Житие на св. мъченица Гликерия и Св. мчк Лаодикий
Девицата Гликерия, дъщеря на знатен римски сановник приела християнската вяра след смъртта на родителите си. През време на гонението против християните не само самата тя не се бояла от опасностите, но увещавала и другите към твърдо изповядване на вярата. Като се явила веднъж в идолското капище по време на едно езическо тържество, тя чрез молитва строшила идола и по заповед на един от началниците била затворена в тъмница. Предлагали й да се отрече от християнската вяра и след като тя отказала, предали я на страшни изтезания и отново я затворили, като я обрекли на изтощение от глад и жажда.
След известно време управителят заповядал да я отведат в град Ираклия, където отново я подложили на най-ужасни изтезания. Светата девойка всичко понасяла търпеливо, укрепявана от чудесната помощ на Бога. Тъмничният стражар Лаодикий, свидетел на нейните страдания и на големите личби, проявявани от Господа заради нея, познал истинския Бог и бил посечен с меч като християнин. Гликерия била хвърлена на зверовете в цирка, но лютите зверове кротко легнали до мъченицата и само се умилквали около нея. Като поблагодарила на Бога за всички Негови милости, девойката молела за смърт и тихо предала душата си Богу. Това станало във втората половина на второто столетие, през време на гонението при император Антонин (138–161 г.).
Saint Glyceria (died ca. 177, Heraclea, Propontis) — early Christian saint, Roman virgin.
According to Christian legend, she was forced to pay tribute to a stone statue of Jupiter but it was destroyed while she stood before it. The virgin was imprisoned for this, then sentenced to be torn apart by wild animals. She, however, was not torn apart. Before the animals could render her any harm, Glyceria died a virgin martyr in Heraclea. Her relics reputedly poured fourth the substance known as the Oil of Saints, and her name means "sweetness".
She is honored on May 13 (Eastern Orthodox liturgics). She is primarily recognized as an Eastern Christian Saint, and has fallen out of popularity as a Catholic Saint.
Martyr Laodicius the Keeper of the Prison
St Glyceria was tortured at Heraclea in Thrace during a persecution against Christians under the emperor Antoninus (138-161).The martyr was then thrown into prison onto sharp stones. She prayed incessantly, and at midnight an angel appeared in the prison and healed her of her wounds.
When the jailer Laodicius came for the saint in the morning, he did not recognize her. Thinking that the martyr had been taken away, he feared he would be punished for letting her escape. He wanted to kill himself, but St Glyceria stopped him. Shaken by the miracle, Laodicius believed in the true God, and he entreated the saint to pray that he might suffer and die for Christ with her.
“Follow Christ and you will be saved,” the holy martyr replied. Laodicius placed upon himself the chains with which the saint was bound, and at the trial he told the prefect and everyone present about the miraculous healing of St Glyceria by an angel, then he confessed himself a Christian.
The newly chosen one of God was beheaded by the sword. Christians secretly took up his remains, and reverently buried them.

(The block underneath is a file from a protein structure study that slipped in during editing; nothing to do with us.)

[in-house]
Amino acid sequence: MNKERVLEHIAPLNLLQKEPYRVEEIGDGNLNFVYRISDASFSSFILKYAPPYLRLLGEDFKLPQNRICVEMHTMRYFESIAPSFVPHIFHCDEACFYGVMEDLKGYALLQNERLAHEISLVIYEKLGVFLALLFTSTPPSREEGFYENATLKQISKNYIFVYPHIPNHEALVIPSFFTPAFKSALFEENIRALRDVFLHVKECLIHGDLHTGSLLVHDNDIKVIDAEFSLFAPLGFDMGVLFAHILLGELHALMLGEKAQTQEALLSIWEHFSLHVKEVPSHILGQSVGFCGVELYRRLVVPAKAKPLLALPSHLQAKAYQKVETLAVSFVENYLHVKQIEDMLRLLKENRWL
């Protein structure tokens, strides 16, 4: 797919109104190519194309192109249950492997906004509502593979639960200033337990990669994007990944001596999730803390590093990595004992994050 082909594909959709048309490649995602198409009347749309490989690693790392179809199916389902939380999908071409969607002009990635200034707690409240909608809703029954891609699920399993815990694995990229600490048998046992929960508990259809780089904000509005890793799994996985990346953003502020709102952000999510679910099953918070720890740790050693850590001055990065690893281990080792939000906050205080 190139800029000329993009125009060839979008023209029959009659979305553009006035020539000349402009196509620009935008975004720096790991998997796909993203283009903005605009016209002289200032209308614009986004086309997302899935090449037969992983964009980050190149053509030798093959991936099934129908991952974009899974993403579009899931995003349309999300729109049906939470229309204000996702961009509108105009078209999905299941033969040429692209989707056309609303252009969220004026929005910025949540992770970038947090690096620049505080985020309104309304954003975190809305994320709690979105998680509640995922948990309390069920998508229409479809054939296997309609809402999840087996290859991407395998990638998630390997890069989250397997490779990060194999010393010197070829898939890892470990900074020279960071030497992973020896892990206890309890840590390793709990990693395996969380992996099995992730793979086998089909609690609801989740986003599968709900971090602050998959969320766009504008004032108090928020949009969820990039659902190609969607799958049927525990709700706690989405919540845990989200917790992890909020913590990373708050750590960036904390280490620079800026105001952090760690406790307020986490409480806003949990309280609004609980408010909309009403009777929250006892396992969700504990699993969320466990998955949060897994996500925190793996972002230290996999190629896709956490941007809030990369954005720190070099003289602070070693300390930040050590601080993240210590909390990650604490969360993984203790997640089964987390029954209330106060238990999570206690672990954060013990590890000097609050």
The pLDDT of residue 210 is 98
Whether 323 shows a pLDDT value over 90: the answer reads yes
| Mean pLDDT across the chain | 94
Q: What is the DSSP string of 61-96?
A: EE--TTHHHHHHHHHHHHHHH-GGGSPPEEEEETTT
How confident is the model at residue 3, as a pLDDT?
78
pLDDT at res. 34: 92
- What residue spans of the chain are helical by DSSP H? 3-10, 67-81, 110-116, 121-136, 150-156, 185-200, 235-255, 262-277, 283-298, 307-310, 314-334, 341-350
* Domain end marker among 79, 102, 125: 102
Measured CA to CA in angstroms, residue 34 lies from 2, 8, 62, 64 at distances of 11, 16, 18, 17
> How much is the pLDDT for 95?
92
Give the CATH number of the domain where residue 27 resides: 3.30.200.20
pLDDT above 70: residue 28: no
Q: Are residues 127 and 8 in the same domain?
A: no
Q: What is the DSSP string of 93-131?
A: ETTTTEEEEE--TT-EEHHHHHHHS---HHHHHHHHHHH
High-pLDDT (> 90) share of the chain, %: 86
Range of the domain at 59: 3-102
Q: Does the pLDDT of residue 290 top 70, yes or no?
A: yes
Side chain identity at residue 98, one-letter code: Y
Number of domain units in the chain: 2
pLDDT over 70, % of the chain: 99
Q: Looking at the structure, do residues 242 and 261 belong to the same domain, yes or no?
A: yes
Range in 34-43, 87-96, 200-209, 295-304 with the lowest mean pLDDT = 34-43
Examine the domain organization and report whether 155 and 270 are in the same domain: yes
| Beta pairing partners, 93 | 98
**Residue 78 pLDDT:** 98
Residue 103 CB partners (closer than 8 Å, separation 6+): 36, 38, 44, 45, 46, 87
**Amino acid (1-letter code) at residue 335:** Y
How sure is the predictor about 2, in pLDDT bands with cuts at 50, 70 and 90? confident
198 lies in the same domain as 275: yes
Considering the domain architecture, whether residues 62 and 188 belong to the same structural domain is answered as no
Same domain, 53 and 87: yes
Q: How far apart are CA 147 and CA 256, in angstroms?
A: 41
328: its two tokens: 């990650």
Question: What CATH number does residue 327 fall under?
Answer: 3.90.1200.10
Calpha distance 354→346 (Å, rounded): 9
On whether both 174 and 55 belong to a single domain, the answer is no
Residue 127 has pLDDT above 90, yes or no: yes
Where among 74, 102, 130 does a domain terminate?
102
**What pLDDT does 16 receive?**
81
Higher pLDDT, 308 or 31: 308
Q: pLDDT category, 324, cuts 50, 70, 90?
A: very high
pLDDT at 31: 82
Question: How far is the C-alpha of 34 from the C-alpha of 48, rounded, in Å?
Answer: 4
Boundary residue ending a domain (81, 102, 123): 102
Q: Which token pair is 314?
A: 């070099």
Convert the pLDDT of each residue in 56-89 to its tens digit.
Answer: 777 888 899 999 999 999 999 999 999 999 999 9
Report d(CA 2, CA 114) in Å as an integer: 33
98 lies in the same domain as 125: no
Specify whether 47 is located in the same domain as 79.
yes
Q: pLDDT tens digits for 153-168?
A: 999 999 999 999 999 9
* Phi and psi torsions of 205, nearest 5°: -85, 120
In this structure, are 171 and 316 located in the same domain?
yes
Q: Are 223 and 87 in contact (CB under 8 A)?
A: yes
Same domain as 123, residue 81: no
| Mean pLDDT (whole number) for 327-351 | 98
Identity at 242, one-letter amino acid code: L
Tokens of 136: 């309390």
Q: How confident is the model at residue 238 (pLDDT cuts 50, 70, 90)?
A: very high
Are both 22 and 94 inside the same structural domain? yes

Virgin-Martyr Glyceria at Heraclea, Propontis (ca.138-161); Martyr Laodicius, jailer of Saint Glyceria (ca.138-161) Saint Theoctistus, monk from Tekoa, Palestine; Saint Pausicacius, Bishop of Synnada (606); Saint Nicephoros, Presbyter of the monastery of Ephapsios; Saint Sergius (George) the Confessor of Constantinople, with his wife Irene and children (ca.829-842); Saint Euthymius the New (the Illuminator) (1028), founder of Iveron Monastery, and his fellow Georgian saints of Mount Athos: his father monk-martyr John of Iveron (998), his cousin monk-martyr George of Iveron (1065), and monk-martyr Gabriel of Iveron who took the Holy Icon "Portaitissa" from the sea (10th c.); Saint Abban of Ireland, baptized in 165 AD, missionary in Abingdon, Oxfordshire (2nd c.); Martyr Alexander of Rome (284-305); Saint Valerian of Auxerre, third Bishop of Auxerre, and defender of Orthodoxy against Arianism (350); Saint Onesimus of Gaul, fifth Bishop of Soissons in France (361); Saint Servatius, Bishop of Tongres, defender against Arianism in the Netherlands (384); Saint Agnes of Poitiers, chosen by St. Radegund to be Abbess of Holy Cross at Poitiers in France (588); Saint Mael (Mahel), Ascetic on the Isle of Bardsey (6th c.); Saint Natalis (Natale), Bishop of Milan in Italy (751); Saint Anno (Hanno, Annon), Bishop of Verona in Italy (780); Saint Merwenna of Rumsey (Merwinna, Merewenna), first Abbess of Rumsey convent, in Hampshire (ca.970); Blessed Fortis Gabrielli, Ascetic (1040); Venerable monk-martyrs of Iveron Monastery, martyred by the Latins (1259, or 1276-1280); Repose of Saint Macarius, Abbot of Glushitsa Monastery, Vologda (1480); Righteous Virgin Glyceria of Novgorod (1522); New Hieromartyrs Basil, Alexander and Christopher, Hieromartyr Macarius and Martyr Sergius (1922); 103 New Hieromartyrs of Cherkassk (Cherkas') (20th c.); Other Commemorations: Consecration of the Monastery of Panagia Pantanassa (Most-Holy Queen of All), on the small island of Hagia Glykeria (Incirli Adasi) in the Bay of Tuzla (12th c.); Translation of the relics (1688) of Hieromartyr Saint Macarius, Archimandrite of Ovruch and Pinsk, from Kaniv to Pereyaslavl (1678); Repose of righteous Priest Alexis of Bortsurmany, disciple of St. Seraphim of Sarov (1848); Repose of Rassophore Monk John, of St. Nilus of Sora Monastery (1863); Repose of Eldress Sepfora of Klykovo (1997).